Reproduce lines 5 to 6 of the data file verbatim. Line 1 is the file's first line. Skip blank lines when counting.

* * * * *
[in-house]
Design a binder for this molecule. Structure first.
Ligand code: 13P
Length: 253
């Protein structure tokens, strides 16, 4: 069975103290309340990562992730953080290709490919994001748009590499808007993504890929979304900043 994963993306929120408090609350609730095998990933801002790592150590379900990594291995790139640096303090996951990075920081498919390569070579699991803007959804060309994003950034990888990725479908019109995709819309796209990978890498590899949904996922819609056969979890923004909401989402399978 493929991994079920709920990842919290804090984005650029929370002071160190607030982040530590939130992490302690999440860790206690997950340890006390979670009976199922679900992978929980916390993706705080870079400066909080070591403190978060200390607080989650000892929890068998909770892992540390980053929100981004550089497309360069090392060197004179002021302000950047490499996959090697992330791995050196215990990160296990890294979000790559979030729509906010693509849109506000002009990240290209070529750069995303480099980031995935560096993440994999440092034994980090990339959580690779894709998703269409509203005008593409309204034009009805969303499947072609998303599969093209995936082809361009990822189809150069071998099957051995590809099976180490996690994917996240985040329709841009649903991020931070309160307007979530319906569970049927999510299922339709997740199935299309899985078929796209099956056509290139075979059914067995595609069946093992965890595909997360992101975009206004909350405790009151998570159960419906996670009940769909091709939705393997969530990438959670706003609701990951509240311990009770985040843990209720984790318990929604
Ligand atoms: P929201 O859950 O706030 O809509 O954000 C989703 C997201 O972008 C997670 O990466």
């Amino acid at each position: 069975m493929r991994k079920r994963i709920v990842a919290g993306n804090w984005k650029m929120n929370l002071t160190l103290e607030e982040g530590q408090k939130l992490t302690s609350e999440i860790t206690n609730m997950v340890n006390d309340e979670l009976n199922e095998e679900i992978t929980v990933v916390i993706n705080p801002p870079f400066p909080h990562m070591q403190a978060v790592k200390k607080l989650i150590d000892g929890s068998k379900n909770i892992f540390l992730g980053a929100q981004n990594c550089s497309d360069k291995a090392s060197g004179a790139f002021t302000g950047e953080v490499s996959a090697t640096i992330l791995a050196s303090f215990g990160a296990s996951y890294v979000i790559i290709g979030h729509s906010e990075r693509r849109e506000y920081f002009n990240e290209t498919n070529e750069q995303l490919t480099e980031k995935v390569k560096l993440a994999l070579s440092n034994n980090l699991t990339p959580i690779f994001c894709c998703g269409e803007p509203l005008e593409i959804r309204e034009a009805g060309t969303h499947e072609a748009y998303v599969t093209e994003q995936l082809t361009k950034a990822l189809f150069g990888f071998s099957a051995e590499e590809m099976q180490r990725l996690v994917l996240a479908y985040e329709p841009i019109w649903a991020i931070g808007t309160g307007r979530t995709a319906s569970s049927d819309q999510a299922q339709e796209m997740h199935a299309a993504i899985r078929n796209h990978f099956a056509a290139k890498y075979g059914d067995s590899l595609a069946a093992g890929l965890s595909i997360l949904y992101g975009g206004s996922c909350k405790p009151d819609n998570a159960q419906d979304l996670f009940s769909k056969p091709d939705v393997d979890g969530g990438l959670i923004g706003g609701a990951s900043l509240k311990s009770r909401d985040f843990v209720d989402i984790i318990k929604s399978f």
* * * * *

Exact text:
């Protein structure tokens, strides 16, 4: 069975103290309340990562992730953080290709490919994001748009590499808007993504890929979304900043 994963993306929120408090609350609730095998990933801002790592150590379900990594291995790139640096303090996951990075920081498919390569070579699991803007959804060309994003950034990888990725479908019109995709819309796209990978890498590899949904996922819609056969979890923004909401989402399978 493929991994079920709920990842919290804090984005650029929370002071160190607030982040530590939130992490302690999440860790206690997950340890006390979670009976199922679900992978929980916390993706705080870079400066909080070591403190978060200390607080989650000892929890068998909770892992540390980053929100981004550089497309360069090392060197004179002021302000950047490499996959090697992330791995050196215990990160296990890294979000790559979030729509906010693509849109506000002009990240290209070529750069995303480099980031995935560096993440994999440092034994980090990339959580690779894709998703269409509203005008593409309204034009009805969303499947072609998303599969093209995936082809361009990822189809150069071998099957051995590809099976180490996690994917996240985040329709841009649903991020931070309160307007979530319906569970049927999510299922339709997740199935299309899985078929796209099956056509290139075979059914067995595609069946093992965890595909997360992101975009206004909350405790009151998570159960419906996670009940769909091709939705393997969530990438959670706003609701990951509240311990009770985040843990209720984790318990929604
Ligand atoms: P929201 O859950 O706030 O809509 O954000 C989703 C997201 O972008 C997670 O990466």